This mundane circle continues to solidify at the front door of the house. Based on the magical rules of the game world, it is not strictly necessary to provide the player with an address or a representation of the front of the house to enter the space. As Everquest 2 is a fantasy game, any number of magical transport and access options (magic doors, home recall abilities, and so forth) would be acceptable ways to enter the house. Even with the enormous amount of travel abilities in the game, however, players are not given the option of transporting directly into a home. Instead, they must enter through the front door.

Off my front door is the front room. Here, the fantastical and the mundane are juxtaposed. In the magical world of Norrath (the name of the planet in Everquest 2), houses still have rugs on the floor and paintings on the walls. In fact, a player would actively have to avoid certain in-game activities to keep from obtaining these sorts of items. Accordingly, rugs, paintings, and other household items become mundane not only because they resemble real world mundane objects, but because virtually every other player in the game world has identical items. In addition, the acquisition and placement of these items in the home constitutes another strategy of play. In order to advance in the game, there are tasks or quests that require the player either to rent a home or to acquire items that would be used to decorate one. In this way, the developers encourage the player to see housing and mundane items such as chairs and rugs as parts of play. The mundane everyday becomes the everyday as play, and integrated into the developer's visions of the everyday of play.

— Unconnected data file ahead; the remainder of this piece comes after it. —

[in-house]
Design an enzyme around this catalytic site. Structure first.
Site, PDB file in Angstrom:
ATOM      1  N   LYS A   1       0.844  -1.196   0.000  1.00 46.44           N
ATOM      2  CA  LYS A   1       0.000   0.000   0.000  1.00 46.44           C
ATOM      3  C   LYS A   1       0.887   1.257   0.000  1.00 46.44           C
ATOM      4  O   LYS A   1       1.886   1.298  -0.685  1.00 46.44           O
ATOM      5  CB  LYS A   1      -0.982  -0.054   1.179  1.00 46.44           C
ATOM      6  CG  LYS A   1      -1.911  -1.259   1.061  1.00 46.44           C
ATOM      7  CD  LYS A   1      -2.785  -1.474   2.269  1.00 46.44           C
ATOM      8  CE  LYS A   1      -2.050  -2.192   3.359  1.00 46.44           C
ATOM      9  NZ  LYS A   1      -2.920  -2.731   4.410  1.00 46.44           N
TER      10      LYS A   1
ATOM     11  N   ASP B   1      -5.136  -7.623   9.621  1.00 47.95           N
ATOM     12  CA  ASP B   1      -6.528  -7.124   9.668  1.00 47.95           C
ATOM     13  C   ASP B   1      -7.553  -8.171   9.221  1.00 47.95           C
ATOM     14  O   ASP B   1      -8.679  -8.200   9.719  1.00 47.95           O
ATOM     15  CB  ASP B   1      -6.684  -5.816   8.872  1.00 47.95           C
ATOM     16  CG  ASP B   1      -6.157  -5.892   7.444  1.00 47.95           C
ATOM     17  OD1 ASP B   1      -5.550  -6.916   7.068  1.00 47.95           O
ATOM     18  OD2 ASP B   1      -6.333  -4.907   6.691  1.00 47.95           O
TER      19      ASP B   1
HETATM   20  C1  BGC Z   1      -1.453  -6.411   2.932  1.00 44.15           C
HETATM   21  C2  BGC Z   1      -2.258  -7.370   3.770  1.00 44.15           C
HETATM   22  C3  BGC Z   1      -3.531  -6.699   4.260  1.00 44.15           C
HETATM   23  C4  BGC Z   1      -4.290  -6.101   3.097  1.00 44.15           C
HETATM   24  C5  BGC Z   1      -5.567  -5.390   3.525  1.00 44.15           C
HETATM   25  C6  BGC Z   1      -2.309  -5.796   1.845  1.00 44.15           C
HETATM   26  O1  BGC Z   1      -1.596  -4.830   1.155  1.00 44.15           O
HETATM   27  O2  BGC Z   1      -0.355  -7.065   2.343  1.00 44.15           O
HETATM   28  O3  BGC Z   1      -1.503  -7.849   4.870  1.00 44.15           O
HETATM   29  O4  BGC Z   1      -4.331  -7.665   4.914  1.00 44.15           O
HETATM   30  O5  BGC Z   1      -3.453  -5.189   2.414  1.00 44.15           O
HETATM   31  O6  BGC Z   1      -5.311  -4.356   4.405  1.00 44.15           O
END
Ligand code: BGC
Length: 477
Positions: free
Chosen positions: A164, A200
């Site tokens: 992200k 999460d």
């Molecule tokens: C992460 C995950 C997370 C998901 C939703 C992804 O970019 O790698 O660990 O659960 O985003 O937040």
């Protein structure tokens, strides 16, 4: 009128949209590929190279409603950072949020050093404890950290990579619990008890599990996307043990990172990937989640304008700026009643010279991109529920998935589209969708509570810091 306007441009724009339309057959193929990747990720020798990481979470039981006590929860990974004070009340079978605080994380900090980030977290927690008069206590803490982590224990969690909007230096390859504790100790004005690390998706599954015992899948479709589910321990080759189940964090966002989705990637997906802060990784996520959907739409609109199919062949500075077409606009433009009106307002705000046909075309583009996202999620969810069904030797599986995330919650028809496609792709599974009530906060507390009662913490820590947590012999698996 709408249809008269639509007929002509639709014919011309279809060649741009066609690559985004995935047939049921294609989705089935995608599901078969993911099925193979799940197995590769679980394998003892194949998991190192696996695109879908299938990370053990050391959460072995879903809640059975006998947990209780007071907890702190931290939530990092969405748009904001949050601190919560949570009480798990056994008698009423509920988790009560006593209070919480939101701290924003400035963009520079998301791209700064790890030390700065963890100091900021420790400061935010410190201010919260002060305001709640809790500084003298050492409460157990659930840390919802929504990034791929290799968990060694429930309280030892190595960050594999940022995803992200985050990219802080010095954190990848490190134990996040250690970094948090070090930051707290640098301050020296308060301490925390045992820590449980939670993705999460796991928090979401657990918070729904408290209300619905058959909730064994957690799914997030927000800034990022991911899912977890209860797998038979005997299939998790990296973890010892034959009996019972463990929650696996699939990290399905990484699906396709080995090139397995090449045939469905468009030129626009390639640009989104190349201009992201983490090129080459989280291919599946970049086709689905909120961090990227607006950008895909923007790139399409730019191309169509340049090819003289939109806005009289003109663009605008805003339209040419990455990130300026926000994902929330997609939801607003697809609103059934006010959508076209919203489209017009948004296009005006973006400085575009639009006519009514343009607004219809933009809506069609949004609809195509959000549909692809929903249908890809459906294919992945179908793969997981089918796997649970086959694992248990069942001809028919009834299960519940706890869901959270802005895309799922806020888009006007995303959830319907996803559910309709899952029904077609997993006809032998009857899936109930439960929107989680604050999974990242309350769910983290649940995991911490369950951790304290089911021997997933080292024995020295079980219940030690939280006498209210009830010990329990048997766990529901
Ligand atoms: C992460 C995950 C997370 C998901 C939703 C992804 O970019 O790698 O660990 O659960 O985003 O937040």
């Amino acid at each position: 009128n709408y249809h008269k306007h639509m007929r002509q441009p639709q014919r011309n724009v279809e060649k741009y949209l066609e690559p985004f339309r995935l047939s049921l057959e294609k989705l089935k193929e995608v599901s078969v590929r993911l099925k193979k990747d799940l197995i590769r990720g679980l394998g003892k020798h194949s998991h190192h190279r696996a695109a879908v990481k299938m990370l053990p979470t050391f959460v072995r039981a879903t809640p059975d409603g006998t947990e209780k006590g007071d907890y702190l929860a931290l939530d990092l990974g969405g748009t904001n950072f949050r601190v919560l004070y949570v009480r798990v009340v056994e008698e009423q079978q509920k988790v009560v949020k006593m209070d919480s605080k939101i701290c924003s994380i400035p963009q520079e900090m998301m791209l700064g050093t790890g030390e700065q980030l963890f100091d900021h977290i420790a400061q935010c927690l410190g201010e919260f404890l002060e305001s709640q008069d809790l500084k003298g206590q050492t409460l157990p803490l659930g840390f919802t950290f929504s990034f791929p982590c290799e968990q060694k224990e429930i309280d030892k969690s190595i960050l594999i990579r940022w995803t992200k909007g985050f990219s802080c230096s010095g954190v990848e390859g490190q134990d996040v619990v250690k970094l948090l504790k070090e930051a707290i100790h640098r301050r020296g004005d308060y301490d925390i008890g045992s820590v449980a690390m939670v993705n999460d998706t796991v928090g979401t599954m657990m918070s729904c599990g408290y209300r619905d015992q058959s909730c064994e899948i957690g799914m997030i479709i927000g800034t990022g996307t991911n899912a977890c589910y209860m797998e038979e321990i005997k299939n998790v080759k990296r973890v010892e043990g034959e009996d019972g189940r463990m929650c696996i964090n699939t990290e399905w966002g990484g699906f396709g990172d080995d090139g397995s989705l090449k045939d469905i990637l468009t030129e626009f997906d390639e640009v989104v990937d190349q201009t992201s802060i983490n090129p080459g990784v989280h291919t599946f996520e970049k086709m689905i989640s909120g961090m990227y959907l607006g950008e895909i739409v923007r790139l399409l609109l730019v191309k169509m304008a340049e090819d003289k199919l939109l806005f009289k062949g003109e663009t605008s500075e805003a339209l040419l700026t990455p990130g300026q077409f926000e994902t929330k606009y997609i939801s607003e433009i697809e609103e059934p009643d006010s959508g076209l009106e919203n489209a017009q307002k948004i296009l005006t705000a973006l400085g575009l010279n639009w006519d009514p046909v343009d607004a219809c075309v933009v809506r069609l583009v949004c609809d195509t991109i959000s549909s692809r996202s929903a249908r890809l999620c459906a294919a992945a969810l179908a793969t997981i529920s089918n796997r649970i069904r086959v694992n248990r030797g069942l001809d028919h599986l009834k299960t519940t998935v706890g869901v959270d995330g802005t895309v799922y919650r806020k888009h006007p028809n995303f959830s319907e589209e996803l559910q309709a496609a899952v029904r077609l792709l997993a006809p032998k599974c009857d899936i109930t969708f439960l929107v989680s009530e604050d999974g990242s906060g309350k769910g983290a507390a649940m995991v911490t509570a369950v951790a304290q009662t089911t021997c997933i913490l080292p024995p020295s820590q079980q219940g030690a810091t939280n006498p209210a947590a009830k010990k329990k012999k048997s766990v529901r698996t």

Figure 4: 5 Erollisi Way, Interior

 

However, the illusion of mundanity is quickly ruptured by the rest of my avatar's home. The fantastical immediately reasserts itself through the presence of my house pet, Visine-a many-tentacled, floating monster with a giant eye and fangs. House pets in Everquest 2 function in two ways. First, pets encourage players to identify with avatars other than their own. House pets can be named, given simple commands, and even have their size changed by the player. Certain house pets (such as the carnivorous plant) can even be fed. In making these changes, the player begins to identify the character of his or her pet. Is the pet imagined as a sort of fantasy guard dog? Or a lazily floating monster the size of a dachshund? Regardless, he act of choosing asks the player to invest time and attention in the space and the NPCs that inhabit it.

 

Figure 5: Visine, house pet